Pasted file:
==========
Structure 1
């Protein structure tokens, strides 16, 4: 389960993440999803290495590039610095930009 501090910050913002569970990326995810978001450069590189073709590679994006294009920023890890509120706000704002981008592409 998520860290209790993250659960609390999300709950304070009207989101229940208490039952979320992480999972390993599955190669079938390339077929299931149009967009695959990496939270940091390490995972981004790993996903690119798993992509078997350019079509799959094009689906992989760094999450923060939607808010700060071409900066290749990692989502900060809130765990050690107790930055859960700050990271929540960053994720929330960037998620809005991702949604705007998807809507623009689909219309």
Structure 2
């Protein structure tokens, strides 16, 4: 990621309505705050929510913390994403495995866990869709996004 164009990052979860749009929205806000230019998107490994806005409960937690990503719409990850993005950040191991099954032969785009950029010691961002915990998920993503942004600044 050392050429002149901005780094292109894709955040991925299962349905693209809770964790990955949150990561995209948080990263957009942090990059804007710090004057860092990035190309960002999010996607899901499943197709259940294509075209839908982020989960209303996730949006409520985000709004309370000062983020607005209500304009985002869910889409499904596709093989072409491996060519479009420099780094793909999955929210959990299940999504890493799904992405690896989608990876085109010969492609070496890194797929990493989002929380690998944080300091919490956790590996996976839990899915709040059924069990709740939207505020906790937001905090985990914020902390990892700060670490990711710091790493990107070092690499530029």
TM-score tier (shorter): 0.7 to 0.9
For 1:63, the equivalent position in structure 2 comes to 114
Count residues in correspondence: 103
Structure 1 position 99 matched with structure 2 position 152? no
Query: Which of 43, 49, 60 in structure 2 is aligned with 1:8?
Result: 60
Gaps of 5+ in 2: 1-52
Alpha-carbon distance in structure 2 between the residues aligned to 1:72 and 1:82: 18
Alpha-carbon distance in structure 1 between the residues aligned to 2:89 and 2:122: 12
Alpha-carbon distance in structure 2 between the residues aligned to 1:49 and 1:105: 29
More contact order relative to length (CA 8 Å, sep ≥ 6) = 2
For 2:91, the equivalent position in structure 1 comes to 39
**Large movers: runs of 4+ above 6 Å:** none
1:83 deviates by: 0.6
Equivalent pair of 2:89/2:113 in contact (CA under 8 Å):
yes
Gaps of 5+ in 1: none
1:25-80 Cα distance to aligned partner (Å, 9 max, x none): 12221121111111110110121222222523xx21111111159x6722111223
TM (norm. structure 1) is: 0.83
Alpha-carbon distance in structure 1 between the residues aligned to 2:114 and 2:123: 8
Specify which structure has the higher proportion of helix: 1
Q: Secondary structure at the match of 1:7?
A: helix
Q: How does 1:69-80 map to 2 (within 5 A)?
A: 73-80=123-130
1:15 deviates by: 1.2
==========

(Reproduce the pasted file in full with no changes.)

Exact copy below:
Structure 1
């Protein structure tokens, strides 16, 4: 389960993440999803290495590039610095930009 501090910050913002569970990326995810978001450069590189073709590679994006294009920023890890509120706000704002981008592409 998520860290209790993250659960609390999300709950304070009207989101229940208490039952979320992480999972390993599955190669079938390339077929299931149009967009695959990496939270940091390490995972981004790993996903690119798993992509078997350019079509799959094009689906992989760094999450923060939607808010700060071409900066290749990692989502900060809130765990050690107790930055859960700050990271929540960053994720929330960037998620809005991702949604705007998807809507623009689909219309």
Structure 2
């Protein structure tokens, strides 16, 4: 990621309505705050929510913390994403495995866990869709996004 164009990052979860749009929205806000230019998107490994806005409960937690990503719409990850993005950040191991099954032969785009950029010691961002915990998920993503942004600044 050392050429002149901005780094292109894709955040991925299962349905693209809770964790990955949150990561995209948080990263957009942090990059804007710090004057860092990035190309960002999010996607899901499943197709259940294509075209839908982020989960209303996730949006409520985000709004309370000062983020607005209500304009985002869910889409499904596709093989072409491996060519479009420099780094793909999955929210959990299940999504890493799904992405690896989608990876085109010969492609070496890194797929990493989002929380690998944080300091919490956790590996996976839990899915709040059924069990709740939207505020906790937001905090985990914020902390990892700060670490990711710091790493990107070092690499530029």
TM-score tier (shorter): 0.7 to 0.9
For 1:63, the equivalent position in structure 2 comes to 114
Count residues in correspondence: 103
Structure 1 position 99 matched with structure 2 position 152? no
Query: Which of 43, 49, 60 in structure 2 is aligned with 1:8?
Result: 60
Gaps of 5+ in 2: 1-52
Alpha-carbon distance in structure 2 between the residues aligned to 1:72 and 1:82: 18
Alpha-carbon distance in structure 1 between the residues aligned to 2:89 and 2:122: 12
Alpha-carbon distance in structure 2 between the residues aligned to 1:49 and 1:105: 29
More contact order relative to length (CA 8 Å, sep ≥ 6) = 2
For 2:91, the equivalent position in structure 1 comes to 39
**Large movers: runs of 4+ above 6 Å:** none
1:83 deviates by: 0.6
Equivalent pair of 2:89/2:113 in contact (CA under 8 Å):
yes
Gaps of 5+ in 1: none
1:25-80 Cα distance to aligned partner (Å, 9 max, x none): 12221121111111110110121222222523xx21111111159x6722111223
TM (norm. structure 1) is: 0.83
Alpha-carbon distance in structure 1 between the residues aligned to 2:114 and 2:123: 8
Specify which structure has the higher proportion of helix: 1
Q: Secondary structure at the match of 1:7?
A: helix
Q: How does 1:69-80 map to 2 (within 5 A)?
A: 73-80=123-130
1:15 deviates by: 1.2